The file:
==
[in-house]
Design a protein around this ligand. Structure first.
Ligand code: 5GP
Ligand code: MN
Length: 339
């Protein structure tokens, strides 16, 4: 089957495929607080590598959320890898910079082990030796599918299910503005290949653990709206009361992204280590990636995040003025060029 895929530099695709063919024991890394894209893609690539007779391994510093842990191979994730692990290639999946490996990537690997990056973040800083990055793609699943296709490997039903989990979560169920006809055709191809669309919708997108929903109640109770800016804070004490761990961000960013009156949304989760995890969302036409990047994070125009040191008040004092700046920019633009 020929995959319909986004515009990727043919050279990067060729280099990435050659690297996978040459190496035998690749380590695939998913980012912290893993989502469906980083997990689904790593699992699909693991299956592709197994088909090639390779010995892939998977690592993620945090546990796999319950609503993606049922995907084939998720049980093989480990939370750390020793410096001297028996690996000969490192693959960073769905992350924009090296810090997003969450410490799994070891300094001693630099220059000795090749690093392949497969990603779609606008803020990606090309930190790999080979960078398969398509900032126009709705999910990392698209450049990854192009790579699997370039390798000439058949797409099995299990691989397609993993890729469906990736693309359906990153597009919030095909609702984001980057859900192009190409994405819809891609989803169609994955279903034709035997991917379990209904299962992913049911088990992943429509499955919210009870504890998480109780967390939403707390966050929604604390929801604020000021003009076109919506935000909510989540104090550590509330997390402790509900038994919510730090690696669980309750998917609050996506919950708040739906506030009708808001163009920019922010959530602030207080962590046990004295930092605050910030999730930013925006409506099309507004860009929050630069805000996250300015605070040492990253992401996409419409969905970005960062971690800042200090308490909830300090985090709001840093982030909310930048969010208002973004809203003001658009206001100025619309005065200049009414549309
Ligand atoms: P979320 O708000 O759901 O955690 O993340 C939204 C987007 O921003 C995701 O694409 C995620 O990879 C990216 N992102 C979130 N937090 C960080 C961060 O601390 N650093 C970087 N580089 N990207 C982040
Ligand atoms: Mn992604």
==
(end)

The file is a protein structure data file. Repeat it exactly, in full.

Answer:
[in-house]
Design a protein around this ligand. Structure first.
Ligand code: 5GP
Ligand code: MN
Length: 339
């Protein structure tokens, strides 16, 4: 089957495929607080590598959320890898910079082990030796599918299910503005290949653990709206009361992204280590990636995040003025060029 895929530099695709063919024991890394894209893609690539007779391994510093842990191979994730692990290639999946490996990537690997990056973040800083990055793609699943296709490997039903989990979560169920006809055709191809669309919708997108929903109640109770800016804070004490761990961000960013009156949304989760995890969302036409990047994070125009040191008040004092700046920019633009 020929995959319909986004515009990727043919050279990067060729280099990435050659690297996978040459190496035998690749380590695939998913980012912290893993989502469906980083997990689904790593699992699909693991299956592709197994088909090639390779010995892939998977690592993620945090546990796999319950609503993606049922995907084939998720049980093989480990939370750390020793410096001297028996690996000969490192693959960073769905992350924009090296810090997003969450410490799994070891300094001693630099220059000795090749690093392949497969990603779609606008803020990606090309930190790999080979960078398969398509900032126009709705999910990392698209450049990854192009790579699997370039390798000439058949797409099995299990691989397609993993890729469906990736693309359906990153597009919030095909609702984001980057859900192009190409994405819809891609989803169609994955279903034709035997991917379990209904299962992913049911088990992943429509499955919210009870504890998480109780967390939403707390966050929604604390929801604020000021003009076109919506935000909510989540104090550590509330997390402790509900038994919510730090690696669980309750998917609050996506919950708040739906506030009708808001163009920019922010959530602030207080962590046990004295930092605050910030999730930013925006409506099309507004860009929050630069805000996250300015605070040492990253992401996409419409969905970005960062971690800042200090308490909830300090985090709001840093982030909310930048969010208002973004809203003001658009206001100025619309005065200049009414549309
Ligand atoms: P979320 O708000 O759901 O955690 O993340 C939204 C987007 O921003 C995701 O694409 C995620 O990879 C990216 N992102 C979130 N937090 C960080 C961060 O601390 N650093 C970087 N580089 N990207 C982040
Ligand atoms: Mn992604």